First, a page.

Jack the Ripper.  A name immediately recognizable that calls to mind the dark, dirty, and dangerous streets of London in the late 1800s.  When I think of Jack the Ripper, I think of one of the most notorious serial killers – a well-dressed man with a top hat roaming the streets of Whitechapel killing prostitutes.  A quick Google search will turn up all kinds of Jack the Ripper goodies – coffee mugs, shirts and hoodies, jewelry, artwork, even baby onesies and bibs. Seriously. There’s even a Marvel villain named Jack the Ripper, a parasitic creature who first took over a man in 1888 and caused him to murder five prostitutes.  Jack the Ripper – the killer of prostitutes. Or was he? The book I’m recommending is called The Five: The Untold Lives of the Women Killed by Jack the Ripper by Hallie Rubenhold.  As you can tell from the title, this book is not about Jack the Ripper and his brutal murders.  Actually, very little of Jack the Ripper is discussed. Rather, Rubenhold deep dives into the lives of the canonical five women killed by Jack the Ripper – Polly Nichols, Annie Chapman, Elizabeth Stride, Catherine “Kate” Eddowes, and Mary Jane Kelly.  It was eye-opening for me because I admit that the mystery of Jack the Ripper’s identity and the details of his murders have been of greater interest to me than the lives of his victims. But I now I have a whole new outlook on the Ripper murders because now I think less about Jack and more about The Five.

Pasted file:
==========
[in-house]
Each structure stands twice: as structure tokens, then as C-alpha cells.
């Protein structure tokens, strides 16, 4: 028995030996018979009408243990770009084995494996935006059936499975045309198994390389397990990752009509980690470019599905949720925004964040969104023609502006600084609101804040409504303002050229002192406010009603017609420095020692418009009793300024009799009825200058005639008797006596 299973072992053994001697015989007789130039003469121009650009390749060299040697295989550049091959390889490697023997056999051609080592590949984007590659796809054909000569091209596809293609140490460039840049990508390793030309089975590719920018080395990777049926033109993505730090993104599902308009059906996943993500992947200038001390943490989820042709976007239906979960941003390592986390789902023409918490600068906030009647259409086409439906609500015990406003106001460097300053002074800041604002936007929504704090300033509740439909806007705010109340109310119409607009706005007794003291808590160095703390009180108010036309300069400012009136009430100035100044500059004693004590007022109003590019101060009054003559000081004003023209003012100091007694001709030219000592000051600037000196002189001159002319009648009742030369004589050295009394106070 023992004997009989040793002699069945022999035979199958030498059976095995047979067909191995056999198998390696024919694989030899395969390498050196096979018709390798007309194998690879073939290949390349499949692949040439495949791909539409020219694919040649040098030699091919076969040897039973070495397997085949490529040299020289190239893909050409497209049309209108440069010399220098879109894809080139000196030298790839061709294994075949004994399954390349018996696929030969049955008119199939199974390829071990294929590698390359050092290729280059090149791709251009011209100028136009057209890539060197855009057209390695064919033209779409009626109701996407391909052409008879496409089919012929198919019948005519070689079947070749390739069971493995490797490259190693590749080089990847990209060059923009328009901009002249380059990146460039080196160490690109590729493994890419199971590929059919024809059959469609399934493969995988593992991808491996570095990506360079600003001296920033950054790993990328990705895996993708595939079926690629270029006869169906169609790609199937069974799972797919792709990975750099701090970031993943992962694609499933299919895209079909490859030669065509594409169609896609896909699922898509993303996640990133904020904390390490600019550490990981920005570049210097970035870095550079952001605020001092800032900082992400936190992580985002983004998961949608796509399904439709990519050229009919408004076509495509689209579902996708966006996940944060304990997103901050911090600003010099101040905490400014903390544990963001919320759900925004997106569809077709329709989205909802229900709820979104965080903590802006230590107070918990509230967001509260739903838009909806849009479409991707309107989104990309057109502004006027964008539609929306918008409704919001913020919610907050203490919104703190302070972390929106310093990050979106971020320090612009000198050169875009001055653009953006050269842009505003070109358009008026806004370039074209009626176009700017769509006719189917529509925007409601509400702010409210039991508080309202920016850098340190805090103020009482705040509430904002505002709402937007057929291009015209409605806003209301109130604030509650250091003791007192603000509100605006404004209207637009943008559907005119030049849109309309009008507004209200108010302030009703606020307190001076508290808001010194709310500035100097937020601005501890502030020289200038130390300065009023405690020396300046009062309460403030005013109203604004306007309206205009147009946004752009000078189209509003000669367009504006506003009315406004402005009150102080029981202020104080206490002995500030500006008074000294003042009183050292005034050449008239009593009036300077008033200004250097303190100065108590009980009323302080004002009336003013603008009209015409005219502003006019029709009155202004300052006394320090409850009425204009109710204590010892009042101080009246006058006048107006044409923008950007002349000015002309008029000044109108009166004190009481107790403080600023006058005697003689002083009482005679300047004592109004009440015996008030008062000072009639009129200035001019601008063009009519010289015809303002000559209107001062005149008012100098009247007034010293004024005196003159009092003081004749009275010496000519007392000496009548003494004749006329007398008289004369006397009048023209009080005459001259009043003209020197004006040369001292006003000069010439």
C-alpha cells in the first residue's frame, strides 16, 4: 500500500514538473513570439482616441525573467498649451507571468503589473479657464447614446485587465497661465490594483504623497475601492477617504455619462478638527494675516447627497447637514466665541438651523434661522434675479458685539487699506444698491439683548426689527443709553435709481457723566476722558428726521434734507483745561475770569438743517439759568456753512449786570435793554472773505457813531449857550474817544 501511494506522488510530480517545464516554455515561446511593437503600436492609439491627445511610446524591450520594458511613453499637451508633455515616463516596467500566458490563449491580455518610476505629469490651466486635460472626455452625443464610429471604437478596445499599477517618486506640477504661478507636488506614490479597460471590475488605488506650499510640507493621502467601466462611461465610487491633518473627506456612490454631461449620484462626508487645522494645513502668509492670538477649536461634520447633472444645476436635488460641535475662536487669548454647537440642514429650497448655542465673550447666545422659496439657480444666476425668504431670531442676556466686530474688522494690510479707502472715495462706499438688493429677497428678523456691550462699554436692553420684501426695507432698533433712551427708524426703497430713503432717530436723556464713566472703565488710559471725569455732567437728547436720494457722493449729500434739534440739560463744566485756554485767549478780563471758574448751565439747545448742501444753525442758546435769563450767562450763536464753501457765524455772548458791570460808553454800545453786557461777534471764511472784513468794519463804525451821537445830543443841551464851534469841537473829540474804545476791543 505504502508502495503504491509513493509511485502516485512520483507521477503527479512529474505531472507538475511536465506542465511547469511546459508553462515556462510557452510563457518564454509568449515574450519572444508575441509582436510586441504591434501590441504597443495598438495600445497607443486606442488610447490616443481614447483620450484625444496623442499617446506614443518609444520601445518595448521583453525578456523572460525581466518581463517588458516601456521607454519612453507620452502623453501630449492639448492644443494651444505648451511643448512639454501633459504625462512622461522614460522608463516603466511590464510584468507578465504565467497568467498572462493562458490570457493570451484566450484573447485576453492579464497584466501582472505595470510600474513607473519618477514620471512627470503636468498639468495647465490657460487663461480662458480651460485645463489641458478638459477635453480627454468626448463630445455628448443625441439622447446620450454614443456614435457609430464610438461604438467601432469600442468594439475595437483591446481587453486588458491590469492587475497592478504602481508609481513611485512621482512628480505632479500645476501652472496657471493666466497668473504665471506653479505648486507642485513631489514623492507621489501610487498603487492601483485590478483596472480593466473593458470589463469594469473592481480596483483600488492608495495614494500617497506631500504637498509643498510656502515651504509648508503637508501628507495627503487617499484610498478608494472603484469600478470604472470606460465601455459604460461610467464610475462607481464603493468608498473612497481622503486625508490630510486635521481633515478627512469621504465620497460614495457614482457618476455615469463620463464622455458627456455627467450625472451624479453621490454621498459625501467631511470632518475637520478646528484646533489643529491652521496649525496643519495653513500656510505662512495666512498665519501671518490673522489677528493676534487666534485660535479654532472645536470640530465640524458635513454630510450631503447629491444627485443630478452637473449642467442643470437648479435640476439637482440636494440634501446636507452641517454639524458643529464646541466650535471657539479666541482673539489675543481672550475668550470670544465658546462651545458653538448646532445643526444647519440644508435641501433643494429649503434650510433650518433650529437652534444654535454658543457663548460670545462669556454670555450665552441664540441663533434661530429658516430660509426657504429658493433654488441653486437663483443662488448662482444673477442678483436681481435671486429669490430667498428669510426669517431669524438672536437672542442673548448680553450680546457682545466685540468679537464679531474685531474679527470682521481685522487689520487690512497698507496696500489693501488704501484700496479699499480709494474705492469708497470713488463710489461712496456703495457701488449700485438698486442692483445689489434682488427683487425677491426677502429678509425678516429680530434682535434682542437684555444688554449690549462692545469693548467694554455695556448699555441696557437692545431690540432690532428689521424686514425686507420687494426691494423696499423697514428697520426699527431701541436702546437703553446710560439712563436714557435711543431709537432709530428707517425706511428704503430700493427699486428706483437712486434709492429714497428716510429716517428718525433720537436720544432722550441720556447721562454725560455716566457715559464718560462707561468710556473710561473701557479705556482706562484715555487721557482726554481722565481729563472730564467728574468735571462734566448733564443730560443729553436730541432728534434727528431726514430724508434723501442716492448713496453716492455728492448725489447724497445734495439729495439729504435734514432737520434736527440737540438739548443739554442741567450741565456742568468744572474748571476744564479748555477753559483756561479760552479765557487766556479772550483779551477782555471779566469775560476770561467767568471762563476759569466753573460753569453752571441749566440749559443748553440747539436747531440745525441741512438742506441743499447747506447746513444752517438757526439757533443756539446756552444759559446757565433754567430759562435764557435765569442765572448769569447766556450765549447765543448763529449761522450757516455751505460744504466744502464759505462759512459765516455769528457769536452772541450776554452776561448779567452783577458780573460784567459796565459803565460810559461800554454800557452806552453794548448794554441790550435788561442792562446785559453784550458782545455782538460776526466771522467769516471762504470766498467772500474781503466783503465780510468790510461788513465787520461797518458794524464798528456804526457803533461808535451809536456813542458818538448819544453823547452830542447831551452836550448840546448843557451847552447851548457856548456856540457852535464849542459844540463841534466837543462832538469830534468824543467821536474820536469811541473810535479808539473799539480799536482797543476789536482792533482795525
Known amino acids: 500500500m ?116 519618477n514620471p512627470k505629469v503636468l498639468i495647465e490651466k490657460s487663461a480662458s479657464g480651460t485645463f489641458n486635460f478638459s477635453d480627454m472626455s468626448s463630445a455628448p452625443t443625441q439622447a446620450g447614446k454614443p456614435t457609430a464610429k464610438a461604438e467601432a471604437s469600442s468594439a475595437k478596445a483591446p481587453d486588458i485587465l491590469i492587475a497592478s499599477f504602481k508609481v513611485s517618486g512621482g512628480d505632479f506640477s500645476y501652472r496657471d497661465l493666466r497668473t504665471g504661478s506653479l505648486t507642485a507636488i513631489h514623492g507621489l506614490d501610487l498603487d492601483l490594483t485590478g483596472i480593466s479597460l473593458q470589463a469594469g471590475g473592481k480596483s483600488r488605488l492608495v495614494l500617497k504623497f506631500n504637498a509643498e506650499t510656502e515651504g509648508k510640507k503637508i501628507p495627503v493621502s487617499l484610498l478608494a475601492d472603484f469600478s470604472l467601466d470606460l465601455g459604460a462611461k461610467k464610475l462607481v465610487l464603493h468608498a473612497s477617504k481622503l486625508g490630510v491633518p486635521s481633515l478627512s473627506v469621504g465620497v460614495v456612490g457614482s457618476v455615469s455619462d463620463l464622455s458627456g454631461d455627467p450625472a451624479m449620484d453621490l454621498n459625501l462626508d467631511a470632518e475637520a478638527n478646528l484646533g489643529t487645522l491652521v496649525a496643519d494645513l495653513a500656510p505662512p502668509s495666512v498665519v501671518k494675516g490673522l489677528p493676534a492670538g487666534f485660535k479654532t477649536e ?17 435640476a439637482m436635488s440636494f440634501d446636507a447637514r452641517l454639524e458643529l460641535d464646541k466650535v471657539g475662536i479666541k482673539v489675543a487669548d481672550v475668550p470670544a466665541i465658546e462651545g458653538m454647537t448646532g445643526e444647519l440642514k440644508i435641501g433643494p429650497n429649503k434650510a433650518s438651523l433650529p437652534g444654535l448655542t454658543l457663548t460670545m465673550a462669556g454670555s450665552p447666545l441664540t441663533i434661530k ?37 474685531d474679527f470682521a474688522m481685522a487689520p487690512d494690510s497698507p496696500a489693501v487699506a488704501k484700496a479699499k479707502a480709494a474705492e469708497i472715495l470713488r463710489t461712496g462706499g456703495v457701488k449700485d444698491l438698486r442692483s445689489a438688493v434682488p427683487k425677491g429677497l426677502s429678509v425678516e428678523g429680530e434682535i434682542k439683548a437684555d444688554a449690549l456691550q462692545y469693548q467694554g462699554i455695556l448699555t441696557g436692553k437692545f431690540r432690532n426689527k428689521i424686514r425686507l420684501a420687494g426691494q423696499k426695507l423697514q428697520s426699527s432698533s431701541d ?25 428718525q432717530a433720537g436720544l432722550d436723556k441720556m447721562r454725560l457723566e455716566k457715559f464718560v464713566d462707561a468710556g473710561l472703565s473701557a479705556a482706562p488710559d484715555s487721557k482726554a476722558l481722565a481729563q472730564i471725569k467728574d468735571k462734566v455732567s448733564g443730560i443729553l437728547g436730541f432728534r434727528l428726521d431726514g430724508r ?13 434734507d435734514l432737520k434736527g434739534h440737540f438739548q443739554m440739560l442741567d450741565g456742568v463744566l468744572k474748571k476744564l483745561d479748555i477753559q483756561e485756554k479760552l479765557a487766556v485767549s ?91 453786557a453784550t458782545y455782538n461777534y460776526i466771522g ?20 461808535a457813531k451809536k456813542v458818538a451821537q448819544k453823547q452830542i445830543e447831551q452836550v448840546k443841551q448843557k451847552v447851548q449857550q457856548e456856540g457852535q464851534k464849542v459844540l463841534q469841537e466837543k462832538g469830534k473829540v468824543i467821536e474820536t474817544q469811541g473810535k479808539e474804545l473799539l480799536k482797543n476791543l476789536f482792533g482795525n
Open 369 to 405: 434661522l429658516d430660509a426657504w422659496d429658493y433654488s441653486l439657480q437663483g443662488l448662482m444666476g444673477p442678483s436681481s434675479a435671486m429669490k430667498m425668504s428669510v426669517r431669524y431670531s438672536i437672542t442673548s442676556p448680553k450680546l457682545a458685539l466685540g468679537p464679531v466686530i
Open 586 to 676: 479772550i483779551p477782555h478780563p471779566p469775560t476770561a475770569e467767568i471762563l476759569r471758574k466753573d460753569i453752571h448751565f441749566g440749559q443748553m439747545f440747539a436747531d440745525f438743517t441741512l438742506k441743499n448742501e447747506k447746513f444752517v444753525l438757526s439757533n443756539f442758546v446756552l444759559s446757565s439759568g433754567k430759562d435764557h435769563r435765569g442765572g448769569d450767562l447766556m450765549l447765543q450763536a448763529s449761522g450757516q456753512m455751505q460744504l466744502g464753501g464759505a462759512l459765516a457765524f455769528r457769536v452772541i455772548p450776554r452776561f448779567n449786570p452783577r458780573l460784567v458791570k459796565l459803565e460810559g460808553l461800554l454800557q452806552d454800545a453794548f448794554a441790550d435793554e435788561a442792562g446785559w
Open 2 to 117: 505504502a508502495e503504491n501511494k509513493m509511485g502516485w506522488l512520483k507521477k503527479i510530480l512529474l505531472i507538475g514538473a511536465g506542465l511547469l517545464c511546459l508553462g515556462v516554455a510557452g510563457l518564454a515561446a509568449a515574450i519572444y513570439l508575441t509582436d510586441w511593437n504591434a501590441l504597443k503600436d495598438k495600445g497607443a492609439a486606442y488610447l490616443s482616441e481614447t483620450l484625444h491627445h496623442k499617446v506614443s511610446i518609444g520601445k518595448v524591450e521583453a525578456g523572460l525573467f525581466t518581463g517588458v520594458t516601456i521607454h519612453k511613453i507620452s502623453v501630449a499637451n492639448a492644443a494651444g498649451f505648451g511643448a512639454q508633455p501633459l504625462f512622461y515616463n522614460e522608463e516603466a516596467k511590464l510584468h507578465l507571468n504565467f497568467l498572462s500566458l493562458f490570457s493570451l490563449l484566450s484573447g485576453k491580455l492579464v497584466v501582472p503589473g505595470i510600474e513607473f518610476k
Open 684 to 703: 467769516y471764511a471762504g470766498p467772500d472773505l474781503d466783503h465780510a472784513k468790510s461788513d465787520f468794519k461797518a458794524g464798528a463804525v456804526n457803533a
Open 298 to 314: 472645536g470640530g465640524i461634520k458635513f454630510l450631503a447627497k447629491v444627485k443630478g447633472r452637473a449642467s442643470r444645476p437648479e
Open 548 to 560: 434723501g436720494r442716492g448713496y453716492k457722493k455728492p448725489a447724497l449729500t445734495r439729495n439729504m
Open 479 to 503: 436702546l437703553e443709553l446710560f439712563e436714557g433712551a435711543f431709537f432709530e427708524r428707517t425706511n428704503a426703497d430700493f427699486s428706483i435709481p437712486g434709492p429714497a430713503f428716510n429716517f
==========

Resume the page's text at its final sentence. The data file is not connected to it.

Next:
Rubenhold does a great job of putting together the lives of The Five from their childhoods to their deaths.  At times she has to speculate as to their actions or the actions of others, which is expected given that numerous records and details have been destroyed, distorted, or lost over the years and this was well-before the age when people documented their every move for the world to see.  However, it is clear that a great deal of research went into The Five, and Rubenhold provides numerous resources in support of her claims.  I was surprised to know that Mary Jane Kelly was the only one of the five who regularly engaged in prostitution.  Elizabeth Stride briefly turned to prostitution but only after severe mistreatment by the Swedish police left her unable to find work.  The reason for her mistreatment – getting pregnant out of wedlock. The other ladies were not prostitutes. I also learned that Annie Chapman at one time lived on a grand estate as part of her husband’s employment, and that Kate Eddowes was an extremely smart child who attended a good school before her parents died and she was shipped to unknown relatives who put her in factory work.

My biggest takeaway from The Five was that these women were from working-class beginnings and good families.  But in the 1800s in London, the working class knew little to nothing about contraception.  What little money was made had to take care of numerous children and as these children got older they were expected to immediately find work to support their ever-growing families.  It becomes easier and easier to see how the five could end up in the deary setting of Whitechapel, not because they turned to a life of prostitution, but because their lives were full of so many hardships and setbacks.  One of their biggest hardships was being born a woman in 1800s London. The Five shows that a system was definitely not in place to help the working-class, and particularly working-class women, succeed.